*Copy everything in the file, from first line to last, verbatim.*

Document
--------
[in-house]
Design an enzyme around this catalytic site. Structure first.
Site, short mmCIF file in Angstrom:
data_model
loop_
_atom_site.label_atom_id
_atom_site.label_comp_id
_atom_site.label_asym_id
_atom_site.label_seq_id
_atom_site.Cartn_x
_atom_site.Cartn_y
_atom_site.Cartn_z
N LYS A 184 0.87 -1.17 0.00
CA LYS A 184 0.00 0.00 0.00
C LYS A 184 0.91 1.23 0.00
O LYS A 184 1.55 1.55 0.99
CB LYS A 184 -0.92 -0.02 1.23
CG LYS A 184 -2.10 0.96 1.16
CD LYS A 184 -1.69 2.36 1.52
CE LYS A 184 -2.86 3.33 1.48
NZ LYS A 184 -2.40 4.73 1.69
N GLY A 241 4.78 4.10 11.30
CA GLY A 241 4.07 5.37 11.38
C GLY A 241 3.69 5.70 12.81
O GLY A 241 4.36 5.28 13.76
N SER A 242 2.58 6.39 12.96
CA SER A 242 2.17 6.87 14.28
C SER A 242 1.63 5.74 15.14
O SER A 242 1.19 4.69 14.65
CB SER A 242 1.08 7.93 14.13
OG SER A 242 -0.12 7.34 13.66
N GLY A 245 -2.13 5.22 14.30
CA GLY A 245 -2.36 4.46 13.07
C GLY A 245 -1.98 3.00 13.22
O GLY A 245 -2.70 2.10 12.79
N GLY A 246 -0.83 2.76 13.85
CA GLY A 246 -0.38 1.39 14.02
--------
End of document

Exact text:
[in-house]
Design an enzyme around this catalytic site. Structure first.
Site, short mmCIF file in Angstrom:
data_model
loop_
_atom_site.label_atom_id
_atom_site.label_comp_id
_atom_site.label_asym_id
_atom_site.label_seq_id
_atom_site.Cartn_x
_atom_site.Cartn_y
_atom_site.Cartn_z
N LYS A 184 0.87 -1.17 0.00
CA LYS A 184 0.00 0.00 0.00
C LYS A 184 0.91 1.23 0.00
O LYS A 184 1.55 1.55 0.99
CB LYS A 184 -0.92 -0.02 1.23
CG LYS A 184 -2.10 0.96 1.16
CD LYS A 184 -1.69 2.36 1.52
CE LYS A 184 -2.86 3.33 1.48
NZ LYS A 184 -2.40 4.73 1.69
N GLY A 241 4.78 4.10 11.30
CA GLY A 241 4.07 5.37 11.38
C GLY A 241 3.69 5.70 12.81
O GLY A 241 4.36 5.28 13.76
N SER A 242 2.58 6.39 12.96
CA SER A 242 2.17 6.87 14.28
C SER A 242 1.63 5.74 15.14
O SER A 242 1.19 4.69 14.65
CB SER A 242 1.08 7.93 14.13
OG SER A 242 -0.12 7.34 13.66
N GLY A 245 -2.13 5.22 14.30
CA GLY A 245 -2.36 4.46 13.07
C GLY A 245 -1.98 3.00 13.22
O GLY A 245 -2.70 2.10 12.79
N GLY A 246 -0.83 2.76 13.85
CA GLY A 246 -0.38 1.39 14.02